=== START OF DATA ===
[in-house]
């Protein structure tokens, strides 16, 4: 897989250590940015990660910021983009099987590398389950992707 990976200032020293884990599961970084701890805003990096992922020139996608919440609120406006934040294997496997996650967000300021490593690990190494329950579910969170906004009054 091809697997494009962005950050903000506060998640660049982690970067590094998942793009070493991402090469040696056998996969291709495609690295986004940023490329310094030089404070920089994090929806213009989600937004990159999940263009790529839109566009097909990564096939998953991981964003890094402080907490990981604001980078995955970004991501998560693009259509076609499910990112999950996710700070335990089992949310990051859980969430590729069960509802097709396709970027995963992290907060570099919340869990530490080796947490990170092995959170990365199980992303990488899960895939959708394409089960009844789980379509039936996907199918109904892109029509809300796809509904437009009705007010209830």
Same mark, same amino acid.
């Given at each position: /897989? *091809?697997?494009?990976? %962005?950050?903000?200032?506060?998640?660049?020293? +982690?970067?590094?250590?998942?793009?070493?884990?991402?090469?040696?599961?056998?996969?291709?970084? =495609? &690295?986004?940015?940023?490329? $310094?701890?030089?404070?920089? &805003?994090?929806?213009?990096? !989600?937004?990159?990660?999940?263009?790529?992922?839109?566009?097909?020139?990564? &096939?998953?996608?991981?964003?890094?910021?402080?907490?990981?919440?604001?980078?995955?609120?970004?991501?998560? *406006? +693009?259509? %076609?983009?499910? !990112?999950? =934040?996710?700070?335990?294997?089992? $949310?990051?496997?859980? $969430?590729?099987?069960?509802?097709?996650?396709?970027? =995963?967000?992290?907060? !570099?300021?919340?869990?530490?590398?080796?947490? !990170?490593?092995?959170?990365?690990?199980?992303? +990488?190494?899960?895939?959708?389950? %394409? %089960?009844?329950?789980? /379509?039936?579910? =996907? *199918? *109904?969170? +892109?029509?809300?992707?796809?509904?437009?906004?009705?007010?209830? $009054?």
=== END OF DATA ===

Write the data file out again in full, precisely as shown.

[in-house]
């Protein structure tokens, strides 16, 4: 897989250590940015990660910021983009099987590398389950992707 990976200032020293884990599961970084701890805003990096992922020139996608919440609120406006934040294997496997996650967000300021490593690990190494329950579910969170906004009054 091809697997494009962005950050903000506060998640660049982690970067590094998942793009070493991402090469040696056998996969291709495609690295986004940023490329310094030089404070920089994090929806213009989600937004990159999940263009790529839109566009097909990564096939998953991981964003890094402080907490990981604001980078995955970004991501998560693009259509076609499910990112999950996710700070335990089992949310990051859980969430590729069960509802097709396709970027995963992290907060570099919340869990530490080796947490990170092995959170990365199980992303990488899960895939959708394409089960009844789980379509039936996907199918109904892109029509809300796809509904437009009705007010209830």
Same mark, same amino acid.
């Given at each position: /897989? *091809?697997?494009?990976? %962005?950050?903000?200032?506060?998640?660049?020293? +982690?970067?590094?250590?998942?793009?070493?884990?991402?090469?040696?599961?056998?996969?291709?970084? =495609? &690295?986004?940015?940023?490329? $310094?701890?030089?404070?920089? &805003?994090?929806?213009?990096? !989600?937004?990159?990660?999940?263009?790529?992922?839109?566009?097909?020139?990564? &096939?998953?996608?991981?964003?890094?910021?402080?907490?990981?919440?604001?980078?995955?609120?970004?991501?998560? *406006? +693009?259509? %076609?983009?499910? !990112?999950? =934040?996710?700070?335990?294997?089992? $949310?990051?496997?859980? $969430?590729?099987?069960?509802?097709?996650?396709?970027? =995963?967000?992290?907060? !570099?300021?919340?869990?530490?590398?080796?947490? !990170?490593?092995?959170?990365?690990?199980?992303? +990488?190494?899960?895939?959708?389950? %394409? %089960?009844?329950?789980? /379509?039936?579910? =996907? *199918? *109904?969170? +892109?029509?809300?992707?796809?509904?437009?906004?009705?007010?209830? $009054?």